As with any major surgical procedure, there are certain potential risks and complications involved with total hip replacement surgery. They include:
- Injury to nerves and blood vessels
- Formation of blood clots in the leg veins
- Implant malposition
- Fracture of the femur or pelvis
Anterior Hip Replacement
“Arthroplasty” refers to the surgical reconstruction or replacement of a joint.
Direct anterior total hip arthroplasty or replacement is a minimally invasive hip surgery performed to replace the total hip joint without cutting through any major muscles. It is also referred to as muscle sparing surgery because no major muscles are cut enabling a quicker return to normal activity.
Traditionally with total hip replacement, the surgeon makes the hip incision laterally, on the side of the hip, or posteriorly, at the back of the hip. Both approaches involve cutting major muscles to access the hip joint. With the direct anterior approach, the incision is made in front of the hip enabling the surgeon to access the joint without cutting though any major muscles.
Hip replacement is indicated in patients with arthritis of the hip joint.
Arthritis is a condition in which the articular cartilage that covers the joint surface is damaged or worn out causing pain and inflammation. Some of the causes of arthritis include:
- Advancing age
- Congenital or developmental hip diseases
- Previous history of hip injury or fracture
- Increased stress on hip because of overuse
Patients with arthritis may have a thinner articular cartilage lining, a narrowed joint space, presence of bone spurs or excessive bone growth around the edges of the hip joint. Because of all these factors arthritis patients can experience pain, stiffness, and restricted movements.
Your doctor will evaluate arthritis based on the characteristic symptoms and diagnostic tests. Your orthopaedic surgeon will perform a physical examination, order X-rays and other scans, and also some blood tests to rule out any other conditions that may cause similar symptoms.
Direct anterior total hip replacement surgery involves the following steps:
- The procedure is performed under general anesthesia or regional anesthesia.
- You will lie down on your back, on a special operating table that enables the surgeon to perform the surgery from the front of the hip. Your surgeon may use fluoroscopic imaging during the surgery to ensure accuracy of component positioning and to minimize leg length inequality.
- Your surgeon will make an incision, about 4 inches long on the front of the hip. The major muscles are pushed aside to gain access to the joint and perform the replacement.
- Next, the femur bone is separated from the acetabular socket.
- The acetabular surface is prepared using a special instrument called a reamer.
- The acetabular component is cemented or fixed with screws into the socket.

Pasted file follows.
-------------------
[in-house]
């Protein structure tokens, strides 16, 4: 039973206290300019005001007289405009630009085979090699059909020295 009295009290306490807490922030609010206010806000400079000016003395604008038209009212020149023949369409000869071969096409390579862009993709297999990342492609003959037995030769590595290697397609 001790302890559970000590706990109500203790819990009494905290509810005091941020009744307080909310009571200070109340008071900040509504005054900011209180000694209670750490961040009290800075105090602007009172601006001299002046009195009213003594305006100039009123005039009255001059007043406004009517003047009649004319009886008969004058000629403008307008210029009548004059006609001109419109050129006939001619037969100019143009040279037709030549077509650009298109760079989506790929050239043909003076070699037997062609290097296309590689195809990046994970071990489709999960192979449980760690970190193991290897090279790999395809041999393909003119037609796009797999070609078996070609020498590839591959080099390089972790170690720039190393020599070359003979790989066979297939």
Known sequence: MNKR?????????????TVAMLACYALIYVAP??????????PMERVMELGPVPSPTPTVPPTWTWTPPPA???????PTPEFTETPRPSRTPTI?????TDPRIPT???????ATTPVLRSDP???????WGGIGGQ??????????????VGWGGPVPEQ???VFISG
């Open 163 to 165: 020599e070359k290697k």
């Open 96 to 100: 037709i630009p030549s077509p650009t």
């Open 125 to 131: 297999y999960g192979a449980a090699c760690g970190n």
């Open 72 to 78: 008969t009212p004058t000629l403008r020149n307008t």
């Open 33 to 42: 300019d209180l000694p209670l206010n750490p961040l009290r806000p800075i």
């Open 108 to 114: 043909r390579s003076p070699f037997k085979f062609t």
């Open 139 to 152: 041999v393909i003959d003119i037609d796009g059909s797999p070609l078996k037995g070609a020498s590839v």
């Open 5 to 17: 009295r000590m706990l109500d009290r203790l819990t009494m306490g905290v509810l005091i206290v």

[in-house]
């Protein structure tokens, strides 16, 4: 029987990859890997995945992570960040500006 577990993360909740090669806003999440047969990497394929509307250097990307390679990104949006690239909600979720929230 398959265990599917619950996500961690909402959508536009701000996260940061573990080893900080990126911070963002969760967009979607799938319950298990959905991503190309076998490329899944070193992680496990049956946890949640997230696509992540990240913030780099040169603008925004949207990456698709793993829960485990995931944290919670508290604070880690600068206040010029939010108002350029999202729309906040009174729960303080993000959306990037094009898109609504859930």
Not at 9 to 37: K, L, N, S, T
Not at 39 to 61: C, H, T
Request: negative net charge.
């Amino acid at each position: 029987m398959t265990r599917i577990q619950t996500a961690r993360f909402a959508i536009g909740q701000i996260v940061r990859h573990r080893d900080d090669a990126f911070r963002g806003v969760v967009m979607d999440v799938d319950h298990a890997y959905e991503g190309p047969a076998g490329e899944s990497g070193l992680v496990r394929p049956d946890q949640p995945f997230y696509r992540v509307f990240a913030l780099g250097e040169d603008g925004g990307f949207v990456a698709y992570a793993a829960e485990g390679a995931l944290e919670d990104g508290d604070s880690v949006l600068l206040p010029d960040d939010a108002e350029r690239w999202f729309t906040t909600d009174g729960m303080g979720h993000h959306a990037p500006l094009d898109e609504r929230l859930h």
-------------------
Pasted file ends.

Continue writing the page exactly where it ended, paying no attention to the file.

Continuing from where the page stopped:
- Then a liner made up of plastic, metal, or ceramic is placed inside the acetabular component.
- The femoral head that is worn out is cut off and the femur bone is prepared using special instruments so that the new metal component fits the bone properly.
- Then the new femoral component is inserted into the femur bone either by press fit or by using special bone cement.
- The femoral head component made of ceramic or metal is then placed on the femoral stem.
- Once the artificial components are fixed in place, the instruments are withdrawn and incisions are closed with sutures and covered with a sterile dressing.
After traditional hip replacement surgery, you would be instructed to follow hip precautions to prevent your new hip from dislocating. These guidelines are very restrictive and include no bending or flexing the hip past 90 degrees, no crossing of legs, use a pillow between the legs when sleeping, and use an elevated toilet seat.
With the anterior approach you will not have to follow standard hip precautions.
Your doctor will however give you instructions to be followed at home for a faster recovery. These include:
- Take medications as prescribed to relieve pain and prevent infection
- Participate in physical therapy to restore hip function and strength
- Eat a healthy diet and do not smoke to facilitate healing and promote a faster recovery.
Contact your doctor if you observe increasing swelling or redness in the operated area.
Risks and complications
All surgeries carry an element of risk whether it is related to the anesthesia or the procedure itself. Risks and complications are rare but can occur. Below is a list of complications that can occur following any hip replacement procedure:
- Infection at the incision site or in the joint space
- Nerve damage
- Hemarthrosis-excess bleeding into the joint after the surgery
- Deep vein thrombosis (blood clot)
- Leg length inequality